Emma – Jane Austen
Emma – Emma, by Jane Austen, is a novel about youthful hubris and the perils of misconstrued romance and was the last of her six novels to be completed, written while she was in Chawton. The story takes place in the fictional village of Highbury and the surrounding estates of Hartfield, Randalls, and Donwell Abbey and involves the relationships among individuals in those locations consisting of “3 or 4 families in a country village”. The novel was first published in December 1815. As in her other novels, Austen explores the concerns and difficulties of genteel women living in Georgian–Regency England; she also creates a lively comedy of manners among her characters and depicts issues of marriage, gender, age, and social status.
Before she began the novel, Austen wrote, “I am going to take a heroine whom no one but myself will much like.” In the first sentence, she introduces the title character as “Emma Woodhouse, handsome, clever, and rich.” Emma is spoiled, headstrong, and self-satisfied; she greatly overestimates her own matchmaking abilities; she is blind to the dangers of meddling in other people’s lives; and her imagination and perceptions often lead her astray.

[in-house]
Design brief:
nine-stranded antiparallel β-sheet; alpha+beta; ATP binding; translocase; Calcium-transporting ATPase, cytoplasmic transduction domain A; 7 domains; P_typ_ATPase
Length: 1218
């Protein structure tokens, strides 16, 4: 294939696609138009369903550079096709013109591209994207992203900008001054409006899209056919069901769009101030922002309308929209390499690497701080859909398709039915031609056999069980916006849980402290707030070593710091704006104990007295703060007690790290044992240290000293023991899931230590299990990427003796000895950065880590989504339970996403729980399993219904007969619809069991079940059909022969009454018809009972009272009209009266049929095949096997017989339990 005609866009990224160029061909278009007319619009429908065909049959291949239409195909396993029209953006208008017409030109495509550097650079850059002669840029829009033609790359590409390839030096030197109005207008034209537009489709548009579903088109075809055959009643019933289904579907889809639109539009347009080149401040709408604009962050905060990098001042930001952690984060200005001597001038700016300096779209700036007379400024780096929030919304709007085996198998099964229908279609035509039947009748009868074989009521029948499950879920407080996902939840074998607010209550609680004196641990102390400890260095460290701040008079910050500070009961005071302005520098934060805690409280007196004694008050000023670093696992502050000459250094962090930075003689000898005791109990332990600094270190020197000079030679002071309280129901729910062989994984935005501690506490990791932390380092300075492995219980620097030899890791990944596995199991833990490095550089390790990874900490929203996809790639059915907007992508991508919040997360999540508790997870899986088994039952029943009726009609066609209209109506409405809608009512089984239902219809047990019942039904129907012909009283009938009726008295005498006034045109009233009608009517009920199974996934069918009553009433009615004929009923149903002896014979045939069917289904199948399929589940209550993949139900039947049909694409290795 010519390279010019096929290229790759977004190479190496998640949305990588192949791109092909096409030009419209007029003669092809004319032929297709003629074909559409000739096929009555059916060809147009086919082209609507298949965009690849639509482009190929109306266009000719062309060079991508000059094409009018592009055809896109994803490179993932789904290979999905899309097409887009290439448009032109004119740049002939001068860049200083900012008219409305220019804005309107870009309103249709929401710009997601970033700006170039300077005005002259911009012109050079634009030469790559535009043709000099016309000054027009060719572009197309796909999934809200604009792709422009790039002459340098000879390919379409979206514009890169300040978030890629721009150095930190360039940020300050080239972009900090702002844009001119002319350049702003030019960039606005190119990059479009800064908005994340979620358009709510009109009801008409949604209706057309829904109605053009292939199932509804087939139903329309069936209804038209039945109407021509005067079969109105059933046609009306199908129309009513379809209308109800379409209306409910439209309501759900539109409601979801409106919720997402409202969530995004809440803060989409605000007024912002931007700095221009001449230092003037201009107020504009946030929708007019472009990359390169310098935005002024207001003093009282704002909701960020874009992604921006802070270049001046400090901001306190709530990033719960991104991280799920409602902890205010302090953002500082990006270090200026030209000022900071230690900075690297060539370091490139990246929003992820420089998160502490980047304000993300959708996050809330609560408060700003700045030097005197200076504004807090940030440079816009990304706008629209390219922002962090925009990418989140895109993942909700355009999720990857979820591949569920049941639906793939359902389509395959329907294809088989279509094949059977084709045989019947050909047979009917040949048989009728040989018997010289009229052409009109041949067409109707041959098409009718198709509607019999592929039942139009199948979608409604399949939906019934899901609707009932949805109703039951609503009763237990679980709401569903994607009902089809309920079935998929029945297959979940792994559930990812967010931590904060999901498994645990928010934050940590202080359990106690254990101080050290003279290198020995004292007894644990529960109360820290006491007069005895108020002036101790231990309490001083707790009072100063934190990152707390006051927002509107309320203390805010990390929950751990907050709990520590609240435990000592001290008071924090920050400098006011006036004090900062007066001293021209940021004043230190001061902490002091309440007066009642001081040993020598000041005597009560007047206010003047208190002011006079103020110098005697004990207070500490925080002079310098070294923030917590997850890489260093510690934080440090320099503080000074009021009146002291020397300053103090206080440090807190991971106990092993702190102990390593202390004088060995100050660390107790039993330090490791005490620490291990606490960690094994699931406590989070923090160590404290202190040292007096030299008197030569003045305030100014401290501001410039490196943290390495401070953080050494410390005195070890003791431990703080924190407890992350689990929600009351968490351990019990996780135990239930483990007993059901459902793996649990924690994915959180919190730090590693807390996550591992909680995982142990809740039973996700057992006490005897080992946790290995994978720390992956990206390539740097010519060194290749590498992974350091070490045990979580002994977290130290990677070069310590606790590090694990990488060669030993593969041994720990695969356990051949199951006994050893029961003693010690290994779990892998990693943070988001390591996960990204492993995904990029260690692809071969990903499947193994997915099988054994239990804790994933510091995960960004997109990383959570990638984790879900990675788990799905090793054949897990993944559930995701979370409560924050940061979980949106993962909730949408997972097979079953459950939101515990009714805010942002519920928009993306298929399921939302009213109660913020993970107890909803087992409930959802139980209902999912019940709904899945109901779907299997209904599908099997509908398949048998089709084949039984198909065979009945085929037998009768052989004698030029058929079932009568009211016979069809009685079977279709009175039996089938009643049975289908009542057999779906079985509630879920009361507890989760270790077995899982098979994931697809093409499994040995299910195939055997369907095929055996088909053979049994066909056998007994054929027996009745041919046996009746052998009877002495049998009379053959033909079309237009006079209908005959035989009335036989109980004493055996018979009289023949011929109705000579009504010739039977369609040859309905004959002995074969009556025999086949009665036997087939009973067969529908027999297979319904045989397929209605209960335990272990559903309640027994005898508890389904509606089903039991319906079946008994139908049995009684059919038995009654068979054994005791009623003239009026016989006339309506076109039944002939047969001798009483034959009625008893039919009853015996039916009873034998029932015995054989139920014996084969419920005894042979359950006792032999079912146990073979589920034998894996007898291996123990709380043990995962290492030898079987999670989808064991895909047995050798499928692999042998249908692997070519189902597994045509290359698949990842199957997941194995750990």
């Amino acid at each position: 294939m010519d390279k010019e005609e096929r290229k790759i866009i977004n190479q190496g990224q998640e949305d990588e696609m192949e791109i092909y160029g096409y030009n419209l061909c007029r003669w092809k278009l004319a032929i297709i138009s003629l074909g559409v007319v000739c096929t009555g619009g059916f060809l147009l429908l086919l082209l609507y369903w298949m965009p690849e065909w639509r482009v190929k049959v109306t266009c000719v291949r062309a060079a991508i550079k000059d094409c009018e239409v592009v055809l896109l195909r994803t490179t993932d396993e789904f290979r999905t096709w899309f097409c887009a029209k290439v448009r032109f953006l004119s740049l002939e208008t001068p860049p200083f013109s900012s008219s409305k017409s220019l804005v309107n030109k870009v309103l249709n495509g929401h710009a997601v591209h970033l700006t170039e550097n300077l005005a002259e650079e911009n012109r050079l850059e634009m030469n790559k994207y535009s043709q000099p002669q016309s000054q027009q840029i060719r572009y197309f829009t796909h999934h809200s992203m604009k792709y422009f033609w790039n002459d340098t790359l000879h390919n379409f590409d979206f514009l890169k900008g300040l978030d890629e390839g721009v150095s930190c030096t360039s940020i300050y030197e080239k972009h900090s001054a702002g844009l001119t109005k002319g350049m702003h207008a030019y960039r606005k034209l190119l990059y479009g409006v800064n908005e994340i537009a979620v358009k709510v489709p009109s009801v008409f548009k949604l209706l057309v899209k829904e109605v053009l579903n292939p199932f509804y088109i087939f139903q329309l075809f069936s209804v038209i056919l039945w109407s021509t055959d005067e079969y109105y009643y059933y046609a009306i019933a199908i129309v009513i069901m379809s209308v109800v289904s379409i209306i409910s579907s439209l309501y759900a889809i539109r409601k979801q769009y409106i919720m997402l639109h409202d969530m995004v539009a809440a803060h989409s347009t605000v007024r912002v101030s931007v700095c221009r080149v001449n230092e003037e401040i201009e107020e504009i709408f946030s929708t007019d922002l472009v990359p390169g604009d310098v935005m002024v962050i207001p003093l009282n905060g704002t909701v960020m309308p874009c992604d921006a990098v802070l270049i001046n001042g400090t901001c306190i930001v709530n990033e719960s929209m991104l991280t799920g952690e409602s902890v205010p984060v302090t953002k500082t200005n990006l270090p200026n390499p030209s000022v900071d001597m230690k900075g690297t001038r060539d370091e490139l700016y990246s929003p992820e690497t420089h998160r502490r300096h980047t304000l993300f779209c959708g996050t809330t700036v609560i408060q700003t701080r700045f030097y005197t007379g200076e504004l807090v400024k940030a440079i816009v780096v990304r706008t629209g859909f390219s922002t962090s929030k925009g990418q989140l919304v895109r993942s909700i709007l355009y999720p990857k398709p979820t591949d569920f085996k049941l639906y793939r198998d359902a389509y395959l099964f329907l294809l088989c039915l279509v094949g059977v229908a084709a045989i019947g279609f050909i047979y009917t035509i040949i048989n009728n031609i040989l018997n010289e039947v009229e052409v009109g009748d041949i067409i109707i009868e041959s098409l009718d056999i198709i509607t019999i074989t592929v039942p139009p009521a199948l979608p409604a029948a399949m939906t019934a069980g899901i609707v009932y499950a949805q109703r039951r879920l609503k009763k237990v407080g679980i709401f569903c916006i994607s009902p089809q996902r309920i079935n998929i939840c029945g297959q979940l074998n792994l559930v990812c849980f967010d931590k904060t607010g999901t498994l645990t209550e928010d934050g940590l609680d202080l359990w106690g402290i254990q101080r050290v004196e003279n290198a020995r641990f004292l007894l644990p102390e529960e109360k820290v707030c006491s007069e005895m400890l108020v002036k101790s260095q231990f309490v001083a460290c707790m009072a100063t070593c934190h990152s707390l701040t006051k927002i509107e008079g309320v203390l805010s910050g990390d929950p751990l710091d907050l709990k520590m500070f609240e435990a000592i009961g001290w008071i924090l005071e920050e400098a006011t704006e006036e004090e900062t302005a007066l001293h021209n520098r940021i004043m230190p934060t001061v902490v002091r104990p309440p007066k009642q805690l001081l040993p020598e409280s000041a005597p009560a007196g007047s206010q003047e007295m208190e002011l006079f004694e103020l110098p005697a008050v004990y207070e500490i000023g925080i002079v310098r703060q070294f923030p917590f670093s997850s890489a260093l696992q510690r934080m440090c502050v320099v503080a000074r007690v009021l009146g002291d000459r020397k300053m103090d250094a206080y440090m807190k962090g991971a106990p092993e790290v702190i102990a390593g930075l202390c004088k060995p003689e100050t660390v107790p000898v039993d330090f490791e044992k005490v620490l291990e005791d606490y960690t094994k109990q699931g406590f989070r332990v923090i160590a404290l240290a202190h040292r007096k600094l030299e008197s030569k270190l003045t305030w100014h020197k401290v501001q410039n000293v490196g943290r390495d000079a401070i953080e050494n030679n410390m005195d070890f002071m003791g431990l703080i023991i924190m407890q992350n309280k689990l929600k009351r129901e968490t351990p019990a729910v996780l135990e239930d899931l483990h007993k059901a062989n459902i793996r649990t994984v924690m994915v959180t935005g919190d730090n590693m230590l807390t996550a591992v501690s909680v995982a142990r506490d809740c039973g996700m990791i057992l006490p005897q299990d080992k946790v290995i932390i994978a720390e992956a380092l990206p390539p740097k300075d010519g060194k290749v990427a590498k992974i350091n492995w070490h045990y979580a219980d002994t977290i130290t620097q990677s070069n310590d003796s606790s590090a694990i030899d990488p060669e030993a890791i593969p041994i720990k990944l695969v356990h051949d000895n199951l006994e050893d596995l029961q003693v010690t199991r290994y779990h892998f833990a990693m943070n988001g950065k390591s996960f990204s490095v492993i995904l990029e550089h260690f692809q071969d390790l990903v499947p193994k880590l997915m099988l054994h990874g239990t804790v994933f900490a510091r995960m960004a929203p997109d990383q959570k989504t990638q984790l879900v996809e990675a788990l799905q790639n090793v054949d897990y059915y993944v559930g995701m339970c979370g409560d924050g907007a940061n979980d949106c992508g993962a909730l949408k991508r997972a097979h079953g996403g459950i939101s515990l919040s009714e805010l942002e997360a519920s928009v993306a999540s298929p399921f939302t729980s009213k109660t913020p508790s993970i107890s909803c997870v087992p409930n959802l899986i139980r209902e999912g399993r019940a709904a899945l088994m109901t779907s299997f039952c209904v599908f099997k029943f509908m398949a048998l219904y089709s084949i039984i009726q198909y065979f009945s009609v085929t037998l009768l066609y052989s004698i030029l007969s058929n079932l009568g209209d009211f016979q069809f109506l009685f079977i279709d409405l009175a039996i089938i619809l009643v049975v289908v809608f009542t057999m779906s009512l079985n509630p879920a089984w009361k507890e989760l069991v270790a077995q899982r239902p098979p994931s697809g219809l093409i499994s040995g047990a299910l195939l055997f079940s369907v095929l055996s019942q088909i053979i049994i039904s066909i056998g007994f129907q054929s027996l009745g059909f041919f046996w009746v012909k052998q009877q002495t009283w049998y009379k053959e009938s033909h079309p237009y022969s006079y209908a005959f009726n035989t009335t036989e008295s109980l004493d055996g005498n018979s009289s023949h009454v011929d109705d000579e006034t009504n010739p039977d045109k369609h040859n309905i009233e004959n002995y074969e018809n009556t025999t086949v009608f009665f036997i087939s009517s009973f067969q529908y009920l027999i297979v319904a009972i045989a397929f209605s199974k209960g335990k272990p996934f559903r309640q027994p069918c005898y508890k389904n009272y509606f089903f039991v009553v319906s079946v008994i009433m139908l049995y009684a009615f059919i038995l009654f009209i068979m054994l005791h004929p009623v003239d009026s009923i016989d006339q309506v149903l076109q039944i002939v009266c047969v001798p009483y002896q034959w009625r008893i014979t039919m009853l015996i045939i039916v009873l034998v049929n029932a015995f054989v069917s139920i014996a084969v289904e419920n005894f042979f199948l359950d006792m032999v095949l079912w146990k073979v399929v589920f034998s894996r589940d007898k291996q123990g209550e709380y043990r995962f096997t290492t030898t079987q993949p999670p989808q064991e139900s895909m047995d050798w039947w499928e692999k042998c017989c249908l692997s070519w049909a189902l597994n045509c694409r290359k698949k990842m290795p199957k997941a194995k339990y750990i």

This novel has been adapted for several films, many television programmes, and a long list of stage plays. It is also the inspiration for several novels.
So I just wanted to let others know that this collection is one giant book of all Austen novels combined. You can’t tell from the picture, but I was actually expecting (and hoping for) individual books packed in one box like other book collections I have. So I was definitely a bit disappointed when I received this book. And while I am used to reading large books like David McCullough biographies, this compilation is by far the heaviest I have in my possession. I’m not sure I will be able to read this in bed or even hold it up in my arms for any long period of time. So beware. I would have chosen differently if had this information when I was contemplating purchase.
Jane Austen was born in 1775 in rural Hampshire, the daughter of an affluent village rector who encouraged her in her artistic pursuits. Jane remained in the vicinity of her childhood home for much of her life. As such it was through family and friends that she learned most of her considerable understanding of manners and relationships. In novels such as Pride and Prejudice, Mansfield Park and Emma she developed her subtle analysis of contemporary life through depictions of the middle-classes in small towns. Her sharp wit and incisive portraits of ordinary people have given her novels enduring popularity. She died in 1817.
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